We can all learn ways to be more tolerant of others. The more tolerant we are of others, the less we fret and get stressed so it is useful for us as well as others to learn tolerance. Just how do we go about that?
I would not get very far as a counsellor if I was not a tolerant person. Friends often tell me they could never do my job as they do not have the patience. The thing is, it isn’t difficult to be tolerant. All it takes is an effort to understand the reasons behind someone’s behaviour. I may not necessarily agree with what they are doing or I may do something completely different in their circumstances but understanding their motives goes a long way to encouraging tolerance. Think about it, if you can understand how someone got to the place they’re at (ie. their reasoning), it becomes easier to deal with what they have done.
Being able to put yourself in ‘someone else’s shoes’ is a unique human trait. We are the only species who have evolved enough to be able to do this. If we use this skill to our advantage, we can reach out to others and share empathy rather than judgement.
When we find empathy for someone else, it means we are able to relate on an emotional level to what other people are experiencing without going through that exact experience ourselves. We can visualise and imagine how that person may have felt. The more empathy we have, the more tolerant we are.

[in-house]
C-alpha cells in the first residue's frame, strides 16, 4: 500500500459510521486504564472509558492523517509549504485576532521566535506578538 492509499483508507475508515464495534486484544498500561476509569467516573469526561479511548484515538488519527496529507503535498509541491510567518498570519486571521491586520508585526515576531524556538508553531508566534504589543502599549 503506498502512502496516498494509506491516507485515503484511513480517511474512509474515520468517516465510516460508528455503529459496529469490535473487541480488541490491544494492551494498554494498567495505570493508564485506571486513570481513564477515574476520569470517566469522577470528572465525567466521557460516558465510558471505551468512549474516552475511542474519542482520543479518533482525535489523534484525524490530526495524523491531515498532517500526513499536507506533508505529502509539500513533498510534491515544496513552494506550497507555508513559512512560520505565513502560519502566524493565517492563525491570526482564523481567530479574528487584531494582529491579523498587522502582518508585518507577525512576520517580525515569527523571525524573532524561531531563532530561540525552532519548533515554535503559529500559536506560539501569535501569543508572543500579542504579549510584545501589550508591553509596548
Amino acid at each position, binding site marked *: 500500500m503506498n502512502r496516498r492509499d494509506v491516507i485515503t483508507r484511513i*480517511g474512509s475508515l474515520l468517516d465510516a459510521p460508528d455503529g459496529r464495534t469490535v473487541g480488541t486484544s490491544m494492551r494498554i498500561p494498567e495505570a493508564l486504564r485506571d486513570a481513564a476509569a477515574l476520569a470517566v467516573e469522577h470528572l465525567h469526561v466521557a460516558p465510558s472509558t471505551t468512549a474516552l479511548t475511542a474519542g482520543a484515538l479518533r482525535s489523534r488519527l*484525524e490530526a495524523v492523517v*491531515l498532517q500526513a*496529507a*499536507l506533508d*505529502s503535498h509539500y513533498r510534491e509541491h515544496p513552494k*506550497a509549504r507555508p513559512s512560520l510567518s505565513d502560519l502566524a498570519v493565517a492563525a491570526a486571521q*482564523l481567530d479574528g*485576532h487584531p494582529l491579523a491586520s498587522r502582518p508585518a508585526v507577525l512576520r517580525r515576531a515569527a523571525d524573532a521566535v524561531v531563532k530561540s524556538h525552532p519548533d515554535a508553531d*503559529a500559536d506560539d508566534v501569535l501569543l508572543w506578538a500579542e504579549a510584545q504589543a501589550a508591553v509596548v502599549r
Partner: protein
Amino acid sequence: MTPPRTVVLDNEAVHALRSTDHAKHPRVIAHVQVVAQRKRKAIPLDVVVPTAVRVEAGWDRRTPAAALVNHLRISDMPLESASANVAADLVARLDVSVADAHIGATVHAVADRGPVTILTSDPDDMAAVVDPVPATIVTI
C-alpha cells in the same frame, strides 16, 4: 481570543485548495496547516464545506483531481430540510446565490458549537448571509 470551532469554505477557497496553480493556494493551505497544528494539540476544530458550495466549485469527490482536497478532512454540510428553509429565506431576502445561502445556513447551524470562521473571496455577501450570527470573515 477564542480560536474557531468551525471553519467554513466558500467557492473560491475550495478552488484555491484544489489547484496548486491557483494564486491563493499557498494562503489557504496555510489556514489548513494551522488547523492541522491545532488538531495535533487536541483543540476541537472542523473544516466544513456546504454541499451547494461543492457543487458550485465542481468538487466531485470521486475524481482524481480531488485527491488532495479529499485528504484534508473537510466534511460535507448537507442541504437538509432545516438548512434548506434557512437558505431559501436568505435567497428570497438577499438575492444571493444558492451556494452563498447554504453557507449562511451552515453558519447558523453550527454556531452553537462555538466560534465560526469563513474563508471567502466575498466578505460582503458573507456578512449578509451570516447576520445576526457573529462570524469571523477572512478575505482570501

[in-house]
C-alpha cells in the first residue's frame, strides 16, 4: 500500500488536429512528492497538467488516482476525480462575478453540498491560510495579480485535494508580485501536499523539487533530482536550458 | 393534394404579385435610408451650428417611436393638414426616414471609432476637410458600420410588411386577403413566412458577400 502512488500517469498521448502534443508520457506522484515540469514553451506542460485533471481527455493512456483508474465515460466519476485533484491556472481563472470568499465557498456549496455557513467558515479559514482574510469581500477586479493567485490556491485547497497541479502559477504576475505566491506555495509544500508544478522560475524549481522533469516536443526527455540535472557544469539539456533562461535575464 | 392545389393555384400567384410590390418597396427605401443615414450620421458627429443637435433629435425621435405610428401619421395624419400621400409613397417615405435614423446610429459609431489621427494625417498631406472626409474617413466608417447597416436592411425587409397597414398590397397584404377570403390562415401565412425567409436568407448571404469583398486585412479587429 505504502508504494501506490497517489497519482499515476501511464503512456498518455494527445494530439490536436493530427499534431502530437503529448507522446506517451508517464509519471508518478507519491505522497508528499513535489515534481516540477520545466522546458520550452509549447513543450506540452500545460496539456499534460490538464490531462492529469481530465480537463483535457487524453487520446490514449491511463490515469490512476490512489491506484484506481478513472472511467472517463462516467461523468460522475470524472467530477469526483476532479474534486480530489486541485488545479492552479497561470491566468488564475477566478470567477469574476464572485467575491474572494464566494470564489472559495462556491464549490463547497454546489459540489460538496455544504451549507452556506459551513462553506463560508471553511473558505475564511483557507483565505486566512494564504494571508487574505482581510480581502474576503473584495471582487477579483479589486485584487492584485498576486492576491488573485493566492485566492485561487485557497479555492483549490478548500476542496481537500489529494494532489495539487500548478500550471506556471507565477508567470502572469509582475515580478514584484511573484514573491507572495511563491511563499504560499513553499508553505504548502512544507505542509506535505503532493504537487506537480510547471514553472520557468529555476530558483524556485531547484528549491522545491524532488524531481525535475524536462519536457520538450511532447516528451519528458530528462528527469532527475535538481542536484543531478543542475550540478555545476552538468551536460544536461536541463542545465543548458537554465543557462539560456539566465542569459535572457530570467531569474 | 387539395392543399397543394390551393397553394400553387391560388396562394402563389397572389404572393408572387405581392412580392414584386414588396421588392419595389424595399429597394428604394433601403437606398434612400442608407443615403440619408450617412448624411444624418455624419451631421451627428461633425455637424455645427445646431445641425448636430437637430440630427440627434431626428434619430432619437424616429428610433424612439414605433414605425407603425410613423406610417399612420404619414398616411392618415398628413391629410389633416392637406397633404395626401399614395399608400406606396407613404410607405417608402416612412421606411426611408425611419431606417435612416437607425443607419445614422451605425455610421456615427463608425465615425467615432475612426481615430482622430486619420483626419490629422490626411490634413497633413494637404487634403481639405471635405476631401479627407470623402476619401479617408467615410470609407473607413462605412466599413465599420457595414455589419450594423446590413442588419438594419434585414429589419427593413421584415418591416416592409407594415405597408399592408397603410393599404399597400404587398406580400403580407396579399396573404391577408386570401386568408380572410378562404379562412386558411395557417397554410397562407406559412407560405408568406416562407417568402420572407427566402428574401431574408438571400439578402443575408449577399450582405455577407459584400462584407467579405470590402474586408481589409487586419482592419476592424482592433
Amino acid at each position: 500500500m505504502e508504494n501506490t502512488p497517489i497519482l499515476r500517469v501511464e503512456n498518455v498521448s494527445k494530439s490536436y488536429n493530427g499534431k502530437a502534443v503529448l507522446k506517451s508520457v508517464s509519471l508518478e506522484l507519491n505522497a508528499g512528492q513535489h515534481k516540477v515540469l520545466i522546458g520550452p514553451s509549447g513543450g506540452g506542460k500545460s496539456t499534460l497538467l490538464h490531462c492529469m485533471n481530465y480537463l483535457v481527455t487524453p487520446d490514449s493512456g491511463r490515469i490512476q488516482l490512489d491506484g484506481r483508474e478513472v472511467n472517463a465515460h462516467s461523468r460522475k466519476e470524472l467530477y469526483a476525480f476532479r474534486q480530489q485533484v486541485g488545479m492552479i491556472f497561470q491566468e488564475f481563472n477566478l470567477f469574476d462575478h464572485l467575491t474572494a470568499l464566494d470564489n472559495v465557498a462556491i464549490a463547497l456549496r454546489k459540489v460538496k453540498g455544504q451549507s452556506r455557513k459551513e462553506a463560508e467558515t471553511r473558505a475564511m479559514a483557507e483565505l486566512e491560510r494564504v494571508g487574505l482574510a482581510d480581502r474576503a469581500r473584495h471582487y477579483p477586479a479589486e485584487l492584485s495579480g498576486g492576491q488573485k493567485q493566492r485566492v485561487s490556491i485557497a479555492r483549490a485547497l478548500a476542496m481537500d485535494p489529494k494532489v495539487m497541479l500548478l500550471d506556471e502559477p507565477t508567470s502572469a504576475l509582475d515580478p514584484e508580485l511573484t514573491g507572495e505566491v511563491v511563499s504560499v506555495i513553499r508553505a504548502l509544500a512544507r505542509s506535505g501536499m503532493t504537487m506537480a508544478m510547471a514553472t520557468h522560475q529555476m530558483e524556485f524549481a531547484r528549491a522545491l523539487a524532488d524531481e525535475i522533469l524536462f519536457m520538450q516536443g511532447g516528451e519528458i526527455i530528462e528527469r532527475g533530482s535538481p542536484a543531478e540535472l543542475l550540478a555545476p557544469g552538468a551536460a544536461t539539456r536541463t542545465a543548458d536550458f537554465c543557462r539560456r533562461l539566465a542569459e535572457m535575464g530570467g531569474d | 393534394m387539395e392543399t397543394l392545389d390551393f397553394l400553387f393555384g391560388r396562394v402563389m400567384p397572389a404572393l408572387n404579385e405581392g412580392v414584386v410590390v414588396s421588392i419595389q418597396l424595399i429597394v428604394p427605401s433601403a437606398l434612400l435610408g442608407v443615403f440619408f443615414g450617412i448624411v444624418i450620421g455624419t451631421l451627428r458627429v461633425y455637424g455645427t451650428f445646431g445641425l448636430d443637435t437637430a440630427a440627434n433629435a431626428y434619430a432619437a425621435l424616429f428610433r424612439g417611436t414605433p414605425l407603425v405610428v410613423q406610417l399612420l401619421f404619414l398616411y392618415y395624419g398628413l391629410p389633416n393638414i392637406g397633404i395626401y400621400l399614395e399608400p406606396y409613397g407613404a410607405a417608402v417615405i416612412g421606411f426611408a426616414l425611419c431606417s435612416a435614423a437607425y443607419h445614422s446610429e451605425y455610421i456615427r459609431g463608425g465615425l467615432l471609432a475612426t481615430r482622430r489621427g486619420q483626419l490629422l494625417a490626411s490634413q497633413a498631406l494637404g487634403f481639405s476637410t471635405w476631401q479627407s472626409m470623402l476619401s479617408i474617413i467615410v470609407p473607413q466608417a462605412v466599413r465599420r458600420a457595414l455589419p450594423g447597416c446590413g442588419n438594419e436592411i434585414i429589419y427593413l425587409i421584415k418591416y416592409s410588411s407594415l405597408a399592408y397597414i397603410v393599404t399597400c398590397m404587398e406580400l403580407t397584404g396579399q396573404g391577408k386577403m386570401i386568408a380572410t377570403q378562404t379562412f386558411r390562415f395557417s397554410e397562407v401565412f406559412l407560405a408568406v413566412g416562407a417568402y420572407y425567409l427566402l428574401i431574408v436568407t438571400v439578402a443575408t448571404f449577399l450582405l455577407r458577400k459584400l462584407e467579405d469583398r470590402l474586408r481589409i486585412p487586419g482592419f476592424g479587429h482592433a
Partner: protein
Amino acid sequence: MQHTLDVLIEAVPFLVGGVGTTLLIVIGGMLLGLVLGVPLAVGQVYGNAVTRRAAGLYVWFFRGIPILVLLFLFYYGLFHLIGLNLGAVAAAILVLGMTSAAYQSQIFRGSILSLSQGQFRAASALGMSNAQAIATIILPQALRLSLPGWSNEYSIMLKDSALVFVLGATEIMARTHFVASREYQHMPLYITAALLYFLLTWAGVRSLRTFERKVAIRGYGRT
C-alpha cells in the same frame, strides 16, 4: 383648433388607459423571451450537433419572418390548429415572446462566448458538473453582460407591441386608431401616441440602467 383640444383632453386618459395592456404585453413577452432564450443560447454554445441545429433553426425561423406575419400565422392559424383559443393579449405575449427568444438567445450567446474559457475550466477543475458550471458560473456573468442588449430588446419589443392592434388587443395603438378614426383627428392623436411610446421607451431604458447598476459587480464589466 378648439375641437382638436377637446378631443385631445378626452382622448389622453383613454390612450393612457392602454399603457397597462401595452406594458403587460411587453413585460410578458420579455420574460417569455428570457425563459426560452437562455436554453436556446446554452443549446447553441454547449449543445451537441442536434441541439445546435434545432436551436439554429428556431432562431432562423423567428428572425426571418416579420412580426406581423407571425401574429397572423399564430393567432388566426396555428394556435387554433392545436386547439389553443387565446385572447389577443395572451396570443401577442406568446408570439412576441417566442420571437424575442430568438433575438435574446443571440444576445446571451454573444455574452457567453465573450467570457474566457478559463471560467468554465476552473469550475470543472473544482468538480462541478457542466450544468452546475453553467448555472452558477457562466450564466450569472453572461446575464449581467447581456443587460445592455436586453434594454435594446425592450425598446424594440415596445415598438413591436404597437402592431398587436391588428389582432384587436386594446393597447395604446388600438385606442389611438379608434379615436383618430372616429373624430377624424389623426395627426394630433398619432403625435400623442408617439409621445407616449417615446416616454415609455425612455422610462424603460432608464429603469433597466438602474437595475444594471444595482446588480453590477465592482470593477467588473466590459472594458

Keep an open mind
Frequently, we hear stories about other people’s lives. Instead of accepting all you are told, remind yourself that there is always more than one way of interpreting a story. Try to keep what you are told in context and stay as open minded as you can until you have all the facts/information. Even when watching stories on the news and in the media – remember that you are often hearing facts that may have been twisted or interpreted incorrectly. Being a critical thinker is crucial in learning tolerance.
In my work I have dealt with all kinds of people – manic depressives, schizophrenics, murderers, rapists, padeophiles – you name it. Tolerance and empathy have been key to rehabilitating clients. The power of kindness and tolerance is far greater that bigotry.
Photo by paul.orear